Hanbury Street 2016

Annie Chapman’s murder took place in the backyard of number 29 Hanbury Street on the 8th of September 1888.

Aged 45 years old at the  time of her death, she has the distinction of being the oldest of Jack the Ripper’s victims. Appearance wise, she was a short, plump woman with an ashen complexion, a result of the fact that she was terminally ill with consumption.


Although the events surrounding her murder were centred on Hanbury Street, the story itself  actually began in the early hours of that morning over on Dorset Street, where Annie had been residing at Crossingham’s Lodging House for the four months prior to her death.

Unfortunately, she had been in the infirmary for several days in early September and, as a result, had no money to pay for her bed. Consequently,  at a little after midnight, the lodging house’s manager, Timothy Donovan, ordered his deputy, John Evans, to escort her from the premises.

That was the last definite time that she was seen alive.

A view Along Dorset Street.
Dorset Street As It Was


In the aftermath of her murder, bar staff at the nearby Ten Bells pub claimed that she had been seen drinking in there at around 5am when a man popped his head around the door and beckoned for her to leave with him, which she did.

However this claim was never corroborated, so it cannot be stated as an ascertained fact.

An exterior view of the Ten Bells Pub.
The Ten Bells Pub, Commercial Street.


At 5.30am on of the 8th September, Mrs Elizabeth Long was making her way along Hanbury Street when she noticed a woman, whom she later identified as Annie Chapman, talking to a man outside number 29.

However, since they were merely chatting with each other, there was nothing about them that made her in the least bit suspicious that anything untoward was happening, and so she hurried past them. As she did so, she overheard a brief snippet of their conversation and, from this, and from his appearance, she deduced, and later stated, that the man appeared to be a foreigner.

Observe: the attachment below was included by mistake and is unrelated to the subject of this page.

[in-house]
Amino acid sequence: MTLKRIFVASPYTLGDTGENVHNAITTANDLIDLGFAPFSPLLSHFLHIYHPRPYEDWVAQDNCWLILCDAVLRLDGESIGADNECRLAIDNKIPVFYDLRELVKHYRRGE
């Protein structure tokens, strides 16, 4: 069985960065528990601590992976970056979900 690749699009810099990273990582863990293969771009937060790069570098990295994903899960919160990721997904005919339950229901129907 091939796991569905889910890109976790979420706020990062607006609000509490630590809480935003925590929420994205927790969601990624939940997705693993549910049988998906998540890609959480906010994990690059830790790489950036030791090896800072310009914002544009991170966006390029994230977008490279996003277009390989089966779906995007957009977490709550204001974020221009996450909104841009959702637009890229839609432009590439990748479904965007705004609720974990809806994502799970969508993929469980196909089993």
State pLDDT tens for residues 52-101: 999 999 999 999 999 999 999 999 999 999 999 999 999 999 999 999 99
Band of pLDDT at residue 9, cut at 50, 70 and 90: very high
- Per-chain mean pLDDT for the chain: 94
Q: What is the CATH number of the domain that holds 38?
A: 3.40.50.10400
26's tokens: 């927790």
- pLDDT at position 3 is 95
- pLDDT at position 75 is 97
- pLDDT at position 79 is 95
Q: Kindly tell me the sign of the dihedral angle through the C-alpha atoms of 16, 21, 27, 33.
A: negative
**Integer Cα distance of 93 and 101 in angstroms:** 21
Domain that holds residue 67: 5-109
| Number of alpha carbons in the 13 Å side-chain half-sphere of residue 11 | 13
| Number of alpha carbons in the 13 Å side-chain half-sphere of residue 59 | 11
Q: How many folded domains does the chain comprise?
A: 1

A view of Hanbury Street as it was at the time of the murder.
Hanbury Street Around 1918


Hanbury Street was lined with four-storey houses, the rooms of which were let to individual tenants and their families.

Number 29 was occupied by a total of 17 people.

At a little before 6am that morning one of those residents, John Davis, climbed out of his bed to get ready for work.

Heading downstairs, he turned back along the narrow passage, that led between the front and rear doors of the premises, and made his way to the back yard, where he stood on the step, no doubt taking in the conditions that the day had in store.

A view of the rear of 29 Hanbury Street where the body of Annie Chapman was found.
The Backyard of 29 Hanbury Street


However, on looking down he saw an horrific sight, the mutilated body of a woman lying on the ground between the steps and the fence.

Moments later he had raced through the passage of the house and had burst out into the street itself, where he entreated three startled workmen, who were at that time, passing the house, to follow him. It was with some trepidation that they went with him through the corridor to the back step and, on beholding the cause of his evident agitation, they wasted no time in going to fetch the police.

A view of the facade of 29 Hanbury Street where the body of Jack the Ripper victim Annie Chapman was found.
29 Hanbury Street


The first police officer on the scene was Inspector Joseph Chandler, who was joined at 6.30am by Divisional Police Surgeon Dr. George Bagster Phillips.

Phillips performed an examination of the body, and its immediate surroundings. He, so he later stated, deduced that the killer had grabbed Annie Chapman by the chin and partially strangled her before cutting her throat and attempting to sever her head. Her abdomen had been “entirely laid open” and the intestines had been lifted from the body and placed by the shoulder. In addition, the killer had also cut out and gone off with Annie Chapman’s womb.

However, since there was little more to be done at the scene, the body was soon carried from the premises, lifted onto a police ambulance – which, in reality was little more than a handcart, and was taken to the nearby Workhouse mortuary.

Over the coming days, the local residents discovered a surprising advantage to their sudden notoriety as they found that they could charge a few pence to sightseers who wanted to view the murder site from their windows that overlooked it.


But Annie’s murder had another, more serious impact on the district as a whole. For, it also sent a surge of terror stricken panic coursing through the neighbourhood as the residents began to realise the nature of the monster that was loose in their midst. Mobs roamed the streets determined to wreak vengeance on anyone they thought by be responsible or involved and suspicions began to focus on the local immigrant community, made up largely of Jewish migrants from Eastern Europe.


Innocent Jews were barracked, attacked, and beaten to taunting cries that “no Englishman is capable of crimes such as these.” As one newspaper put it “a touch would fire the whole district in the mood in which it is now.”

Desperate to contain the anti-Semitic unrest that was now rampant in the area, large numbers of police were drafted into the district from other parts of London.

Their presence appeared to deter the killer and, for a brief period, the local populace enjoyed a respite from their autumn of terror.